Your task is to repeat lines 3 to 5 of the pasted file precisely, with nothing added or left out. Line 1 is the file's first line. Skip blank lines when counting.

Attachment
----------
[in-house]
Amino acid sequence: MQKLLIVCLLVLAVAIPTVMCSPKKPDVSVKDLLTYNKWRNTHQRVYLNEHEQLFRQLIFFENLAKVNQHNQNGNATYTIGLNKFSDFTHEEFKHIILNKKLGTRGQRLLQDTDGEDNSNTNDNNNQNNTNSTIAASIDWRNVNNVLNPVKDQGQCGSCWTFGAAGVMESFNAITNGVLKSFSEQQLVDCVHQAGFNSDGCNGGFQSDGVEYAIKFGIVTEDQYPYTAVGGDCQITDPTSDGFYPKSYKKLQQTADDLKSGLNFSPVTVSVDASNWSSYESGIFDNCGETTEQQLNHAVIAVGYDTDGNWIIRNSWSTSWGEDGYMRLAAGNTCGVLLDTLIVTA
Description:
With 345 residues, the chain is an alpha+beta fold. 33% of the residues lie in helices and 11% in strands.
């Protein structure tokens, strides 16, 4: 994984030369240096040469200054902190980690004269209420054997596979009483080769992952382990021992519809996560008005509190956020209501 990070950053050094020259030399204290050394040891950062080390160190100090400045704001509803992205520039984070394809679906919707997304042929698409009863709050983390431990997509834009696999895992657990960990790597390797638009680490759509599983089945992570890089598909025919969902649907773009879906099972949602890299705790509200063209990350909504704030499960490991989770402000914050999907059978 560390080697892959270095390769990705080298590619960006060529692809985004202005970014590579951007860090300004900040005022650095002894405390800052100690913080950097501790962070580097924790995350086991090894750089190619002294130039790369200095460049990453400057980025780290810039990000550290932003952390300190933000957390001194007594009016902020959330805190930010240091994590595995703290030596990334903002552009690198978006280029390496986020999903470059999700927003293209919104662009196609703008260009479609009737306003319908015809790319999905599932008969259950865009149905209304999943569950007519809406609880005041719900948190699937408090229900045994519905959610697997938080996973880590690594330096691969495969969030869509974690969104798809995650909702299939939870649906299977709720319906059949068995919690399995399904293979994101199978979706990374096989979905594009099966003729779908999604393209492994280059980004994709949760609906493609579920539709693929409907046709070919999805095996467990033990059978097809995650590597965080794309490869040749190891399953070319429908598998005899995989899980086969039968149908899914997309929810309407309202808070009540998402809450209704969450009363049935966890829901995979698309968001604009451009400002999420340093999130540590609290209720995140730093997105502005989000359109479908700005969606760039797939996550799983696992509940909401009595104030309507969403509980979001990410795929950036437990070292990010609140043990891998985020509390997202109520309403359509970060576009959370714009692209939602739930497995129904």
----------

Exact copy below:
Description:
With 345 residues, the chain is an alpha+beta fold. 33% of the residues lie in helices and 11% in strands.
């Protein structure tokens, strides 16, 4: 994984030369240096040469200054902190980690004269209420054997596979009483080769992952382990021992519809996560008005509190956020209501 990070950053050094020259030399204290050394040891950062080390160190100090400045704001509803992205520039984070394809679906919707997304042929698409009863709050983390431990997509834009696999895992657990960990790597390797638009680490759509599983089945992570890089598909025919969902649907773009879906099972949602890299705790509200063209990350909504704030499960490991989770402000914050999907059978 560390080697892959270095390769990705080298590619960006060529692809985004202005970014590579951007860090300004900040005022650095002894405390800052100690913080950097501790962070580097924790995350086991090894750089190619002294130039790369200095460049990453400057980025780290810039990000550290932003952390300190933000957390001194007594009016902020959330805190930010240091994590595995703290030596990334903002552009690198978006280029390496986020999903470059999700927003293209919104662009196609703008260009479609009737306003319908015809790319999905599932008969259950865009149905209304999943569950007519809406609880005041719900948190699937408090229900045994519905959610697997938080996973880590690594330096691969495969969030869509974690969104798809995650909702299939939870649906299977709720319906059949068995919690399995399904293979994101199978979706990374096989979905594009099966003729779908999604393209492994280059980004994709949760609906493609579920539709693929409907046709070919999805095996467990033990059978097809995650590597965080794309490869040749190891399953070319429908598998005899995989899980086969039968149908899914997309929810309407309202808070009540998402809450209704969450009363049935966890829901995979698309968001604009451009400002999420340093999130540590609290209720995140730093997105502005989000359109479908700005969606760039797939996550799983696992509940909401009595104030309507969403509980979001990410795929950036437990070292990010609140043990891998985020509390997202109520309403359509970060576009959370714009692209939602739930497995129904």